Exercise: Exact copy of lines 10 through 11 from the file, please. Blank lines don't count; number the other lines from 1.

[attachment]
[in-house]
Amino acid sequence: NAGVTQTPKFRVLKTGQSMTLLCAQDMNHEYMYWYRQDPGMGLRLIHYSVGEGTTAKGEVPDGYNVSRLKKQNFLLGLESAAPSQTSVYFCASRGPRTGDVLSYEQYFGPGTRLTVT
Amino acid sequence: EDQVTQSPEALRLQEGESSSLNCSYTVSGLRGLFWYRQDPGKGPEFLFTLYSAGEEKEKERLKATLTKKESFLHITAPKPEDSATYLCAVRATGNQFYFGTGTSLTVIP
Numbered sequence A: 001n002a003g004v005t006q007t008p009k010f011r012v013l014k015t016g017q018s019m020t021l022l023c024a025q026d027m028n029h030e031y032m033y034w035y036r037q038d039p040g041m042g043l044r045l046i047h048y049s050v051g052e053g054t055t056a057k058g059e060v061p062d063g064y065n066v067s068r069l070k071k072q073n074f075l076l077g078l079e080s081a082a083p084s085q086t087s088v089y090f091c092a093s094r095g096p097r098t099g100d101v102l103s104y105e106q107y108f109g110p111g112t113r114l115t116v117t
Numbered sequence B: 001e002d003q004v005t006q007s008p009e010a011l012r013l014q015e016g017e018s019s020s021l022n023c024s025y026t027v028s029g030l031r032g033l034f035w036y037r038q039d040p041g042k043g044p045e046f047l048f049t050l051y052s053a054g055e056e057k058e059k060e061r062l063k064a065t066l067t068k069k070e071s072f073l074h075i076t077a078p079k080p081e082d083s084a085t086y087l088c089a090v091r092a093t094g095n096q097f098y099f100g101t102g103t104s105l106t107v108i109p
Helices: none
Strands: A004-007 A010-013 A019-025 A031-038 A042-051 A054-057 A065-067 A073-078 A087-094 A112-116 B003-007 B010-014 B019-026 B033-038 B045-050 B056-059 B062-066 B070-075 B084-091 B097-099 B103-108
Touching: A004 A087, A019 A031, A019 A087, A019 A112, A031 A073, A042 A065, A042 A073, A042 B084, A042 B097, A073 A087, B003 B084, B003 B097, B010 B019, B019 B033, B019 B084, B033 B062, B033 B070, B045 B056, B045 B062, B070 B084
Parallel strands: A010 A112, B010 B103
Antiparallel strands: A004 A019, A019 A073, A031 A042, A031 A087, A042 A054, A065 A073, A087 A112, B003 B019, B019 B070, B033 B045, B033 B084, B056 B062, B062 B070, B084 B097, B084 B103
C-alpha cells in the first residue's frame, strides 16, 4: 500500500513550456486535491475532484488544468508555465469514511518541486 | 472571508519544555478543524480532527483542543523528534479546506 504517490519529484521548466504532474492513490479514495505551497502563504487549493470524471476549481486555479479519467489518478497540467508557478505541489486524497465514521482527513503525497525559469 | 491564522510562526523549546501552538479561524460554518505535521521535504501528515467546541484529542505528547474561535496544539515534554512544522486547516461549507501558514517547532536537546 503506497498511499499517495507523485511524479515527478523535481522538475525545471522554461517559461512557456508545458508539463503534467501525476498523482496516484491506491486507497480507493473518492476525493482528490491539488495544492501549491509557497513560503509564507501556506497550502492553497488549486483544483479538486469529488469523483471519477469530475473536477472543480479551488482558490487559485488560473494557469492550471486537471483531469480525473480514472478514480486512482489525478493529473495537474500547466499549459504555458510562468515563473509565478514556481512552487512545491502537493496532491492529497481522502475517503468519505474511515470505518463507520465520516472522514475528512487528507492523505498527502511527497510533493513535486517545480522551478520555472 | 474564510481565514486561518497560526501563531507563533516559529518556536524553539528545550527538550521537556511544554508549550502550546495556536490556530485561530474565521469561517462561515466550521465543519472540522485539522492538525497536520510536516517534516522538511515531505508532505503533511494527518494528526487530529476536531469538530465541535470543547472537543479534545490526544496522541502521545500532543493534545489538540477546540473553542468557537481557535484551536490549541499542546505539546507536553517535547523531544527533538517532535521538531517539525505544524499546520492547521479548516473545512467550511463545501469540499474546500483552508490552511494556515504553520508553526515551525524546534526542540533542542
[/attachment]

Antiparallel strands: A004 A019, A019 A073, A031 A042, A031 A087, A042 A054, A065 A073, A087 A112, B003 B019, B019 B070, B033 B045, B033 B084, B056 B062, B062 B070, B084 B097, B084 B103
C-alpha cells in the first residue's frame, strides 16, 4: 500500500513550456486535491475532484488544468508555465469514511518541486 | 472571508519544555478543524480532527483542543523528534479546506 504517490519529484521548466504532474492513490479514495505551497502563504487549493470524471476549481486555479479519467489518478497540467508557478505541489486524497465514521482527513503525497525559469 | 491564522510562526523549546501552538479561524460554518505535521521535504501528515467546541484529542505528547474561535496544539515534554512544522486547516461549507501558514517547532536537546 503506497498511499499517495507523485511524479515527478523535481522538475525545471522554461517559461512557456508545458508539463503534467501525476498523482496516484491506491486507497480507493473518492476525493482528490491539488495544492501549491509557497513560503509564507501556506497550502492553497488549486483544483479538486469529488469523483471519477469530475473536477472543480479551488482558490487559485488560473494557469492550471486537471483531469480525473480514472478514480486512482489525478493529473495537474500547466499549459504555458510562468515563473509565478514556481512552487512545491502537493496532491492529497481522502475517503468519505474511515470505518463507520465520516472522514475528512487528507492523505498527502511527497510533493513535486517545480522551478520555472 | 474564510481565514486561518497560526501563531507563533516559529518556536524553539528545550527538550521537556511544554508549550502550546495556536490556530485561530474565521469561517462561515466550521465543519472540522485539522492538525497536520510536516517534516522538511515531505508532505503533511494527518494528526487530529476536531469538530465541535470543547472537543479534545490526544496522541502521545500532543493534545489538540477546540473553542468557537481557535484551536490549541499542546505539546507536553517535547523531544527533538517532535521538531517539525505544524499546520492547521479548516473545512467550511463545501469540499474546500483552508490552511494556515504553520508553526515551525524546534526542540533542542